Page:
Reid et al. (2007) gave half their subjects a litre of Irn-Bru a day. The other half were given Diet Irn-Bru. Specially branded bottles were marked ‘sugar’ or ‘diet’ but these were deliberately incorrect 50 per cent of the time. Subjects given the sugary drinks increased their overall energy intake, with calorie consumption rising by around half the amount of that contained in the drinks, ie. they partially offset half of the calories by reducing consumption of fat, protein and non-sugar carbohydrates. There was surprisingly little weight gain, perhaps because all the women were on a low fat diet. ‘Overall,’ the authors conclude, ‘there was no evidence that sucrose was a unique or problematic substance.’
 
SACN built a meta-analysis out of these studies and concluded that people shouldn't consume more than 5% of their calories from sugar, despite the fact that the studies are not comparable, most of them didn't measure sugar intake as a percentage of calorie intake and those which did measure it didn't in any way imply a five per cent limit.

It's junk science, plain and simple. Do read the whole article.

Friday, 18 January 2019

Cooking with The Lancet

The Lancet has got into bed with EAT to transform the global food supply. EAT is a campaign group run by a Norwegian billionaire who flies around the world in a private jet telling people to eat less meat to save the planet. The Lancet's interest is in getting people to live off lentils for the good of their health.

How much less meat do these people think we should be eating? Much, much less. Less than a sausage a week would be the pork ration in their brave new world.

Inevitably, the authors of the EAT-Lancet report call for tough government action to get the plebs to eat a peasant diet. I have written about it for Spectator Health.

To comply with these extraordinary demands, the UK would all have to cut meat consumption by 80 per cent and massively increase its consumption of beans, lentils, soy and nuts. This is not going to happen voluntarily and the committee knows it. It calls on politicians to do more ‘choice editing’ (ie. banning things).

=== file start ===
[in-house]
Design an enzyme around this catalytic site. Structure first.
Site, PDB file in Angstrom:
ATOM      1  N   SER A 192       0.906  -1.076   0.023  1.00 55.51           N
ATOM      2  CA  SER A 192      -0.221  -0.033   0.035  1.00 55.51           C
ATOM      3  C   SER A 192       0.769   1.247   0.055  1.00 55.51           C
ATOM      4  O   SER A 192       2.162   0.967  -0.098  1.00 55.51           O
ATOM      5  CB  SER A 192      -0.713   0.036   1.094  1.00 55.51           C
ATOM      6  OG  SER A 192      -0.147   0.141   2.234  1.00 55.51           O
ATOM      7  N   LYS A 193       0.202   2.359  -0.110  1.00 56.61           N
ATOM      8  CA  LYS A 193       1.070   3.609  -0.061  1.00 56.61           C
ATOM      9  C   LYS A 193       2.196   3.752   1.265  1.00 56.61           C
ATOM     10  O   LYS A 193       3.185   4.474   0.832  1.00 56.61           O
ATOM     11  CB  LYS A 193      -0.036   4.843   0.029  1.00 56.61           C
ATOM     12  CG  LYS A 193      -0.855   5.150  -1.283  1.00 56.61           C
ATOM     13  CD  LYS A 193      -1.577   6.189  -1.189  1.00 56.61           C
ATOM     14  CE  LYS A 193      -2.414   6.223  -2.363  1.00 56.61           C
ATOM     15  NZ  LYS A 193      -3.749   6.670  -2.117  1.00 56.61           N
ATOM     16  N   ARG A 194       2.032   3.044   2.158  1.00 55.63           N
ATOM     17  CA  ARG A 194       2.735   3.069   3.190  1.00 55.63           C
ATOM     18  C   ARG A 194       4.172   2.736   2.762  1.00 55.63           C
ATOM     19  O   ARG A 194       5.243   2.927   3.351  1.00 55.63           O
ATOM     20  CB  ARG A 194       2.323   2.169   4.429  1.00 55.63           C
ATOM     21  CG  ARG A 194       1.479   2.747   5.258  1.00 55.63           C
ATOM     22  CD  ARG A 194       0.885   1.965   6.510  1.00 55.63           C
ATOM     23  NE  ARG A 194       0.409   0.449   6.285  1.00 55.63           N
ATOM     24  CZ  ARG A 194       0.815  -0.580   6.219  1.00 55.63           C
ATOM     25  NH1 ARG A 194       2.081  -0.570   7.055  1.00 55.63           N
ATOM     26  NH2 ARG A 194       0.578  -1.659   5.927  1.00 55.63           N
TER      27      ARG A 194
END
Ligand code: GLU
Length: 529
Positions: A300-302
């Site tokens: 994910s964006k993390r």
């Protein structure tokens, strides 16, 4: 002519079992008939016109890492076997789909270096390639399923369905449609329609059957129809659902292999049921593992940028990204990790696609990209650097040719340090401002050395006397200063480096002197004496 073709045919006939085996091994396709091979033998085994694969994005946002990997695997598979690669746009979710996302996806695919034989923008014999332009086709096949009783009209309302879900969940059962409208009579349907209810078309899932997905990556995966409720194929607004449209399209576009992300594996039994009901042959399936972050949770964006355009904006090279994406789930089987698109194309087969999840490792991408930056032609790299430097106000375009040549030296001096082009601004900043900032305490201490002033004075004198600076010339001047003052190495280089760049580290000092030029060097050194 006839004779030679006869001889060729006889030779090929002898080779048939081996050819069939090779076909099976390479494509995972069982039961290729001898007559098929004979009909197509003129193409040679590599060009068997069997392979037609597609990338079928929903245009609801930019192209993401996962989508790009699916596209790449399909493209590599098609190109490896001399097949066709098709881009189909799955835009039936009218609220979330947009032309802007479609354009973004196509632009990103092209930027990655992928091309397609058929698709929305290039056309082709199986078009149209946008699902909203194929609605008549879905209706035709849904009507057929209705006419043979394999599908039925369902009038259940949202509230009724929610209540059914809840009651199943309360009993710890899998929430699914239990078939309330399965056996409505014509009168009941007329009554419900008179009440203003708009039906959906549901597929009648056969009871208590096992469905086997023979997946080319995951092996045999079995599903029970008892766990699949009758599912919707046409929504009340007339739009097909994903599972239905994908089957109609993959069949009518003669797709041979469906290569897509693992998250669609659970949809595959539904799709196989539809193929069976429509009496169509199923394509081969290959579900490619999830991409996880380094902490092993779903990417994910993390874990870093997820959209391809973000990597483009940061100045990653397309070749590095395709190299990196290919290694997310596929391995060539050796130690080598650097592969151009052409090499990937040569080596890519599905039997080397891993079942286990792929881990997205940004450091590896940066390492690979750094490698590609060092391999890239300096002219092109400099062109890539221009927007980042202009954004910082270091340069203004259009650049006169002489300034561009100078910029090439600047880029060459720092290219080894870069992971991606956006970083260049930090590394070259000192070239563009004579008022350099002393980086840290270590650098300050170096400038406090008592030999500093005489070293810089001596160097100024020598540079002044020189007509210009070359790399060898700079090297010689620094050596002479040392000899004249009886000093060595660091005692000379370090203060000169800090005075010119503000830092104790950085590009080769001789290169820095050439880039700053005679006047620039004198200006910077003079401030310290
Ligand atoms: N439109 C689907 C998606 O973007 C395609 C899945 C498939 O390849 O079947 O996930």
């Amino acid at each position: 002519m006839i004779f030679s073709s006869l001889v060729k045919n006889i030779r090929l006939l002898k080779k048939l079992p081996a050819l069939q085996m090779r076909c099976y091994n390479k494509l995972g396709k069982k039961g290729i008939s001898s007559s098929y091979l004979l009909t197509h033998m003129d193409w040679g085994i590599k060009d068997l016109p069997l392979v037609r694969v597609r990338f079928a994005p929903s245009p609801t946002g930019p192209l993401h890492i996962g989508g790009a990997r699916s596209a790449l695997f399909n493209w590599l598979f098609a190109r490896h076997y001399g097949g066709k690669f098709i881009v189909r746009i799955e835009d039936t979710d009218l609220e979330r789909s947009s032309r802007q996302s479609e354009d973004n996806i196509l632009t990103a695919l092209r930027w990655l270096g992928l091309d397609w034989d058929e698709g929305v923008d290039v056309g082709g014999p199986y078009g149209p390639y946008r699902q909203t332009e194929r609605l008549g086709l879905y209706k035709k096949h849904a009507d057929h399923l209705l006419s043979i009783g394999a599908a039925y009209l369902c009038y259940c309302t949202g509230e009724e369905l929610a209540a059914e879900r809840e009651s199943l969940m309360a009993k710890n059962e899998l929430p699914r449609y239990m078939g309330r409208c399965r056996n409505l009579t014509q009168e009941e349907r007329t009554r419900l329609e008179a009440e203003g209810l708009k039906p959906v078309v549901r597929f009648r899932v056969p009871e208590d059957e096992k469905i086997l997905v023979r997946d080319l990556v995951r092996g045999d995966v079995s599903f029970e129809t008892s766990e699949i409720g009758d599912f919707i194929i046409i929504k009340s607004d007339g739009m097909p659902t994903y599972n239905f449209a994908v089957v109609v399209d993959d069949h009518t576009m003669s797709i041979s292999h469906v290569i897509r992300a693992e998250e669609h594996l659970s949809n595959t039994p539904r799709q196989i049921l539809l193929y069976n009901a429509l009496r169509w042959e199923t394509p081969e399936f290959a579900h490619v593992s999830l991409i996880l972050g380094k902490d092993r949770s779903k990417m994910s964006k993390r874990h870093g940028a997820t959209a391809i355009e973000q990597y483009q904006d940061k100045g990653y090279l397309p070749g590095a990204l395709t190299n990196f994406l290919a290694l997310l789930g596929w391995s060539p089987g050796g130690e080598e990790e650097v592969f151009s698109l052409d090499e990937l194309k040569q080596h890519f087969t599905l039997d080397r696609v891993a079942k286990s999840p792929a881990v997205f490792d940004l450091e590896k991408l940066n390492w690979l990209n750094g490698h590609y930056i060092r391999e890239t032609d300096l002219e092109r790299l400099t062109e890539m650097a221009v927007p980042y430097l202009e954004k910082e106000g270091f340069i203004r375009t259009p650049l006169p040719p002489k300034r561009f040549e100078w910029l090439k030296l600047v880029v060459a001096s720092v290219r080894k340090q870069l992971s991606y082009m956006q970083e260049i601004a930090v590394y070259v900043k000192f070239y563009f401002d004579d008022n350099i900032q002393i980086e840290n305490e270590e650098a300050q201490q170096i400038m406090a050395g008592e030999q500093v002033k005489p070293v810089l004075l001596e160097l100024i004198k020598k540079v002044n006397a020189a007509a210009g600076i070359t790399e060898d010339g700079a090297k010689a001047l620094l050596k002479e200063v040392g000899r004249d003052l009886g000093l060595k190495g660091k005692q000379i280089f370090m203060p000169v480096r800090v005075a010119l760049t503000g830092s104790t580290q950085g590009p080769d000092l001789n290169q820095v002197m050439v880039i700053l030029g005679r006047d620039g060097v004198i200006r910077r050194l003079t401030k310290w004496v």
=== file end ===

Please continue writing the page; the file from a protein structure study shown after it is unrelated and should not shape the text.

The authors want more taxes on food, more advertising restrictions and the ‘banning and pariah status of key products’ (which ‘key products’? Fizzy drinks? Chips?). They want local authorities to ban new takeaway food outlets ‘in low-income areas’ (but apparently not in high income areas) even though they admit that the evidence that ‘zoning regulations could increase healthy food consumption or reduce BMI [body mass index] is scarce’ (indeed it is).

They state their preferred option bluntly: ‘restrict choice’ or, better still, ‘eliminate choice’. In wealthy countries such as Britain, ‘a priority is to offer less than what is currently offered by reducing portions, choice, and packaging’. They even propose ‘rationing on a population scale’.

Do have a read.

To see how puritanical the Lancet's guidelines are, watch me try to make some meals out of them in these three videos....








Tuesday, 15 January 2019

The slippery slope: gambling edition

In an interview with the FT in 2017, casino tycoon Derek Webb announced his plans for the Campaign for Fairer Gambling once the government had stamped out fixed-odds betting terminals.

He adds he may broaden CFG’s focus to target online gambling next. “I want to fight where I can win,” says Mr Webb.

As I recall, he made a similar comment about going after internet gambling at the Conservative Party conference at around the same time.

The FOBT clamp-down takes place in April and the All Party Parliamentary Group on FOBTs is already looking for new dragons to slay...


The press release says:

The Fixed Odds Betting Terminals All Party Parliamentary Group (APPG) has today (14 January) formally announced that it will be changing its name to the Gambling Related Harm APPG.

.. Going forward, the group will now begin looking at gambling related harm more widely.

Carolyn Harris MP, the chairwoman of this lobby group masquerading as an APPG said:

'... many of us are deeply concerned about the harms caused by online gambling and particularly the impact and harm of online gambling on children. We are therefore beginning our new work programme but [sic] undertaking an inquiry looking at the harm caused specifically by online gambling.'

Online gambling is virtually non-existent among children, unless you include kids buying lottery tickets for their parents, so this is another disingenuous think-of-the-children justification for interfering in the lives of adults.

But isn't it a coincidence that the APPG is going after online next, just as Derek Webb said he would? Still, it should go down well with the APPG's selfless donors, such as Bacta, Electrocoin, Sutton Bingo, Club 2000, Southsea Island Leisure, Game World, Summertime Leisure, Hippodrome Casino, Riva Bingo Club, Caesers, Marshalls Amusements, Genting UK, Praesepe and, of course, the Campaign for Fairer Gambling.

After the FOBT clamp-down was announced last year, the Independent published a story that explained what had really been going. It was the first time a mainstream journalist had broached the subject...